# if hermitian matrices can not have complex eigen values, then what is this? kindly explain

I encountered the following and I am puzzled!... where am I wrong?

basic definition of hermitian matrix $H$ is $H=H^*$ if I take the outer product of the following complex vector V and its conjugate I get this

$V=\begin{bmatrix}{\rm e}^{j d_1},& {\rm e}^{j d_2},& {\rm e}^{j d_3}, &\ldots,& {\rm e}^{j d_N}\end{bmatrix}^{\rm T}$

$V^*=\begin{bmatrix}{\rm e}^{-j d_1},& {\rm e}^{-j d_2},& {\rm e}^{-j d_3}, &\ldots,& {\rm e}^{-j d_N}\end{bmatrix}$

therefore

$$H = V V^* = \begin{bmatrix} 1 & {\rm e}^{j (d_1 - d_2)} & {\rm e}^{j (d_1 - d_3)} & \ldots & {\rm e}^{j (d_1 - d_N)} \\ {\rm e}^{j (d_2 - d_1)} & 1 & {\rm e}^{j (d_2 - d_3)} & \ldots & {\rm e}^{j (d_2 - d_N)} \\ {\rm e}^{j (d_3 - d_1)} & {\rm e}^{j (d_3 - d_2)} & 1 & \ldots & {\rm e}^{j (d_3 - d_N)} \\ \vdots & \vdots & \vdots & \ddots & \vdots \\ {\rm e}^{j (d_N - d_1)} & {\rm e}^{j (d_N - d_2)} & {\rm e}^{j (d_N - d_3)} & \ldots & 1 \end{bmatrix}$$

Now testing $H$ it is a hermitian, $H=H^*$.

However its determinant is zero, i.e. it is singular.

Testing for eigenvalues, we get one eigenvalue as zero and the rest is not zero.

For any $N$ the charcteristic equation has the following form regardless of changes in the values of variables $d_n$.

{[(1-lambda)^N]+(N-1)}-N=0

[(1-lambda)^N]-1= zero

this equation results in a one zero eigenvalue and the rest are both real eigen values and pairs of complex conjugates...if these add...the trace is always real value since the complex conjugates when added produce real values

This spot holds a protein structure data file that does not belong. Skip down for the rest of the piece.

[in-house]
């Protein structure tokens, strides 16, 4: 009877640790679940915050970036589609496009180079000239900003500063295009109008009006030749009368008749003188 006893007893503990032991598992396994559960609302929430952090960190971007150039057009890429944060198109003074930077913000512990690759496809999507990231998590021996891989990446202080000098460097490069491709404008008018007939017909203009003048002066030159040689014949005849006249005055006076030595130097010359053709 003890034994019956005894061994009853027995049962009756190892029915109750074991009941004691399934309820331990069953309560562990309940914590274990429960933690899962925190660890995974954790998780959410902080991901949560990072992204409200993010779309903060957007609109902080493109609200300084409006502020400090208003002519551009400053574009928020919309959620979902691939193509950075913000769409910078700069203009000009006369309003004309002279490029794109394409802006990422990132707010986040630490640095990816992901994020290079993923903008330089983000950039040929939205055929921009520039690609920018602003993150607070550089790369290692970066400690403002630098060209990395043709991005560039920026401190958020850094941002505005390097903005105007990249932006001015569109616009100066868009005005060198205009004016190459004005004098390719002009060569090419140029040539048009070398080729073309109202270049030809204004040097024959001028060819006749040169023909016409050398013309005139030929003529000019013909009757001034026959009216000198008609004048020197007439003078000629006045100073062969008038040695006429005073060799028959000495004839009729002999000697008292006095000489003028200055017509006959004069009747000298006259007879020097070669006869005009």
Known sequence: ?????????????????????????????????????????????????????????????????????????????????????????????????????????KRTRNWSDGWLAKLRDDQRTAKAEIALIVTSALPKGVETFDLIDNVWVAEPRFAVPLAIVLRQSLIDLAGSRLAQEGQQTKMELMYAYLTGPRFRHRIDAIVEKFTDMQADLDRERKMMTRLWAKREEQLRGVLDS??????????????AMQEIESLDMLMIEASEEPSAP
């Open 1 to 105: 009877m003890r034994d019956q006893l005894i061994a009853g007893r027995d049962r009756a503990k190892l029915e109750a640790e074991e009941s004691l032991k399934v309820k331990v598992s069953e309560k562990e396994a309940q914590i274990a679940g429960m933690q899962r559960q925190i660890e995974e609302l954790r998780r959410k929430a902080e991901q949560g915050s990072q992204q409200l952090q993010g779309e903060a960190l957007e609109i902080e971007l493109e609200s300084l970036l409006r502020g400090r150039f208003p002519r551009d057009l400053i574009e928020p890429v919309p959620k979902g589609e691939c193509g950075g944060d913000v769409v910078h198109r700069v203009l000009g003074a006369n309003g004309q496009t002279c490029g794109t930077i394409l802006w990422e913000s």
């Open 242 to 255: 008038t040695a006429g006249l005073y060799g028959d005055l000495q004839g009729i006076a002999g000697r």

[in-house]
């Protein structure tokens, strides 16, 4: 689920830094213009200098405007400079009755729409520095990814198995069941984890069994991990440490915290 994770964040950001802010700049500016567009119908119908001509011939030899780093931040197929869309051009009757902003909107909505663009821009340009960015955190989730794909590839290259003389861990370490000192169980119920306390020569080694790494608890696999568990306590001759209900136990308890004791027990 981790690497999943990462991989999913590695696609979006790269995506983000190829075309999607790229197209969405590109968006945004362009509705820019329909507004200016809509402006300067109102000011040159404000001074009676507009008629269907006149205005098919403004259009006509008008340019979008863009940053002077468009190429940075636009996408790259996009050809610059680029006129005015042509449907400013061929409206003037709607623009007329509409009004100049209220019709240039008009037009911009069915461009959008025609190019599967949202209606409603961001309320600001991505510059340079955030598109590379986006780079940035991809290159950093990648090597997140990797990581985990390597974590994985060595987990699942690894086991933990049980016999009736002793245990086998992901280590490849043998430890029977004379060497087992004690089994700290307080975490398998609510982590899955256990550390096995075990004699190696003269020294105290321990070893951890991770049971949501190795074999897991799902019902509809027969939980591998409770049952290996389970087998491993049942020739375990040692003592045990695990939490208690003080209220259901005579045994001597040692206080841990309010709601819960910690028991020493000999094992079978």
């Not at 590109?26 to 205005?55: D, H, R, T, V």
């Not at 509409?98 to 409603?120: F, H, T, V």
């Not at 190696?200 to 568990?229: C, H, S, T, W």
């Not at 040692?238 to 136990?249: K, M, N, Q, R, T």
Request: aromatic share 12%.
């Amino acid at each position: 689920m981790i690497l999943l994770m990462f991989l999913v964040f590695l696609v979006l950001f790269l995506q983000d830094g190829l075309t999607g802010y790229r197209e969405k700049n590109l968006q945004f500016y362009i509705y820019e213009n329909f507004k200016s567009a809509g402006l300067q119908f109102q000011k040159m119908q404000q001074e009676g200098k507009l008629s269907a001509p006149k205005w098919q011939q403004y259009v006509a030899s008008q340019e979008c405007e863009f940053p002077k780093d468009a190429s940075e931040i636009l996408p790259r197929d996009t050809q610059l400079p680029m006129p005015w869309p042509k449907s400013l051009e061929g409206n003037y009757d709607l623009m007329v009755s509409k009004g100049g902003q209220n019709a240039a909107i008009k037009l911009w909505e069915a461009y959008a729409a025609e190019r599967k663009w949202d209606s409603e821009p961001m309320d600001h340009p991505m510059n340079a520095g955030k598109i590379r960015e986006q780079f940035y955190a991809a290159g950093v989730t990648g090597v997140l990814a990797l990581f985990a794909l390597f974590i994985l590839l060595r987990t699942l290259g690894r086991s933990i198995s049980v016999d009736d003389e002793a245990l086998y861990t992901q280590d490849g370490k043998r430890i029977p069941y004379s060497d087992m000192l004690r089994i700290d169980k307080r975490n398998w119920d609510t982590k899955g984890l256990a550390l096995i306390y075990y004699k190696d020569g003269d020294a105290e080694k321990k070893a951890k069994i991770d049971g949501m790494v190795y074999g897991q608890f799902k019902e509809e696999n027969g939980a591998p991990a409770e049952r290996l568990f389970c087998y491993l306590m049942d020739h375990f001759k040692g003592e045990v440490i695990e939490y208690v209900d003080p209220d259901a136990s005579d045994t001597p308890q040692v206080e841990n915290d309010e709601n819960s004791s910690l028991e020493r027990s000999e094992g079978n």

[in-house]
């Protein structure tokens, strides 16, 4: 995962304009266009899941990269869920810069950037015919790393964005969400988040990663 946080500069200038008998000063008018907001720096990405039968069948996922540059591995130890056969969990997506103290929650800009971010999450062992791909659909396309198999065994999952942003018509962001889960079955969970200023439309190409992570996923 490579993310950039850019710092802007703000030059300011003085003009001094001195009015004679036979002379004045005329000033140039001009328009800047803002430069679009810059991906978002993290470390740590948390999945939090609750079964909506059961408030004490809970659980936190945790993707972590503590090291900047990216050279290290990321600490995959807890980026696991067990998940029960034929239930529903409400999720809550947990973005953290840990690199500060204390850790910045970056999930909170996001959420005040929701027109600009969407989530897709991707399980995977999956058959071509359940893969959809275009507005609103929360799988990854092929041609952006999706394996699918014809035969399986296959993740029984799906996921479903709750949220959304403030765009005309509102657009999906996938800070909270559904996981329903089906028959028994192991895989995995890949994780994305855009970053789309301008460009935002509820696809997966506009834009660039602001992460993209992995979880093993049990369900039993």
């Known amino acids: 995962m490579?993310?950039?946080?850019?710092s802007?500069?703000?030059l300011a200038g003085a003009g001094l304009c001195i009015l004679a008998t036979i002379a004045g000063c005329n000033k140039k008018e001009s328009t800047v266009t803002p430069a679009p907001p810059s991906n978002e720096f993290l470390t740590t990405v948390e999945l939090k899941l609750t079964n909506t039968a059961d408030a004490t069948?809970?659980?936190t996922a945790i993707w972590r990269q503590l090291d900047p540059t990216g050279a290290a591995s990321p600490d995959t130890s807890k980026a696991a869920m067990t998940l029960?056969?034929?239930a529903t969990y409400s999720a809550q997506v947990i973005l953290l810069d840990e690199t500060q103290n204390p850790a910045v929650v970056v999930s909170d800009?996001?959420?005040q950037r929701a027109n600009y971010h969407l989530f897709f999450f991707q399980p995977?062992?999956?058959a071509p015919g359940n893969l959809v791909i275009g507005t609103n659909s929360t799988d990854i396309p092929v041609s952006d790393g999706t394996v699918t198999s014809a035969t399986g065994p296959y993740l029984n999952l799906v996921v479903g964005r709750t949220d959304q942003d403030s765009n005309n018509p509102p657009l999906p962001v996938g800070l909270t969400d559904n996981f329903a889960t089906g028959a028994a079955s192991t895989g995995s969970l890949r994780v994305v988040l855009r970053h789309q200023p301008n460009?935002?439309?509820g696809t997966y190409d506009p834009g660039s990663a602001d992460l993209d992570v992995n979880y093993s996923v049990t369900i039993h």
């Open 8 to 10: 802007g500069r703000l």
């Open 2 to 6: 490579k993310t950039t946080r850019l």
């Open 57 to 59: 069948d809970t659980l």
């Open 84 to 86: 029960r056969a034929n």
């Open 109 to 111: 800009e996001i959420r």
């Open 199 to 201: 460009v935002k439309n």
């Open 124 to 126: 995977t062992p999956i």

I am confused... I am having complex eigen values for a hermitian matrix that satisfies all the definition properties?? kindly help...with refernces please

• How did you compute the eigenvalues? It seems something must have gone wrong there. Your matrix is an outer product of two vectors, hence it is rank one. Therefore, it has one eigenvalue that is non-zero and all others are zero. The non-zero one should be equal to $N$. – Florian Dec 23 '16 at 14:23
• I computed my eigen valuesby getting the charcteristic equation as determinant of ( H-lambda*Ìdentity matrix)=0. it gives me along the diagonal (1-lambda)...when computing the determinant by the conventional method... diagonals result in (1-lambda)^N....other generated values are ones (N-1) minus N see the generated equation above...I tested this result manually and is willing to see if your test gave different results – gaili al sanousi Dec 23 '16 at 14:54
• Please don't send me files. ;-) I think there is no need to. What software are you using? In Matlab, it's these two lines: v = exp(jd(:)); disp(eig(vv')); – Florian Dec 23 '16 at 15:11

Your matrix $\mathbf H$ is equal to $\mathbf H = \mathbf v \mathbf v^*$. Therefore, it is easy to see that it has one eigenvalue equal to $\left\|\mathbf v\right\|^2 = N$, since: $$\mathbf H \cdot \mathbf v = \mathbf v \cdot \mathbf v^* \cdot \mathbf v = \|\mathbf v\|^2\cdot\mathbf v.$$